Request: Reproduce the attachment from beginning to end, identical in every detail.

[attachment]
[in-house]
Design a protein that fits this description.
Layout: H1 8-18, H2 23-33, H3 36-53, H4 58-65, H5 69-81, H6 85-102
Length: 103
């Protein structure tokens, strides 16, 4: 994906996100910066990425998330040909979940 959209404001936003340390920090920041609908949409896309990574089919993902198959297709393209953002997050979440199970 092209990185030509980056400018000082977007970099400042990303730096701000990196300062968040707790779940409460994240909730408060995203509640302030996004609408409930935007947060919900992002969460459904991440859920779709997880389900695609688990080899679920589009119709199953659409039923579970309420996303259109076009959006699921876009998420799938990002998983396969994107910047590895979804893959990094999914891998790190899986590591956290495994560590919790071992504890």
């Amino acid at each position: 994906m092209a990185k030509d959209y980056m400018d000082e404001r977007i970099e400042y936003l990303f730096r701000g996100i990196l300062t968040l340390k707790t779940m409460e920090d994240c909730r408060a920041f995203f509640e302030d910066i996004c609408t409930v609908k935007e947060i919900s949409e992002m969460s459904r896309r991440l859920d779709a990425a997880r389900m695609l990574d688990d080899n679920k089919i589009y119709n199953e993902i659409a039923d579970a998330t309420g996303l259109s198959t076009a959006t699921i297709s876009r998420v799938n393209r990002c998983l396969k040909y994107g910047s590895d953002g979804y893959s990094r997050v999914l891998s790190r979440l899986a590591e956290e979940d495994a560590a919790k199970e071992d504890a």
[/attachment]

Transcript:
[in-house]
Design a protein that fits this description.
Layout: H1 8-18, H2 23-33, H3 36-53, H4 58-65, H5 69-81, H6 85-102
Length: 103
């Protein structure tokens, strides 16, 4: 994906996100910066990425998330040909979940 959209404001936003340390920090920041609908949409896309990574089919993902198959297709393209953002997050979440199970 092209990185030509980056400018000082977007970099400042990303730096701000990196300062968040707790779940409460994240909730408060995203509640302030996004609408409930935007947060919900992002969460459904991440859920779709997880389900695609688990080899679920589009119709199953659409039923579970309420996303259109076009959006699921876009998420799938990002998983396969994107910047590895979804893959990094999914891998790190899986590591956290495994560590919790071992504890």
């Amino acid at each position: 994906m092209a990185k030509d959209y980056m400018d000082e404001r977007i970099e400042y936003l990303f730096r701000g996100i990196l300062t968040l340390k707790t779940m409460e920090d994240c909730r408060a920041f995203f509640e302030d910066i996004c609408t409930v609908k935007e947060i919900s949409e992002m969460s459904r896309r991440l859920d779709a990425a997880r389900m695609l990574d688990d080899n679920k089919i589009y119709n199953e993902i659409a039923d579970a998330t309420g996303l259109s198959t076009a959006t699921i297709s876009r998420v799938n393209r990002c998983l396969k040909y994107g910047s590895d953002g979804y893959s990094r997050v999914l891998s790190r979440l899986a590591e956290e979940d495994a560590a919790k199970e071992d504890a």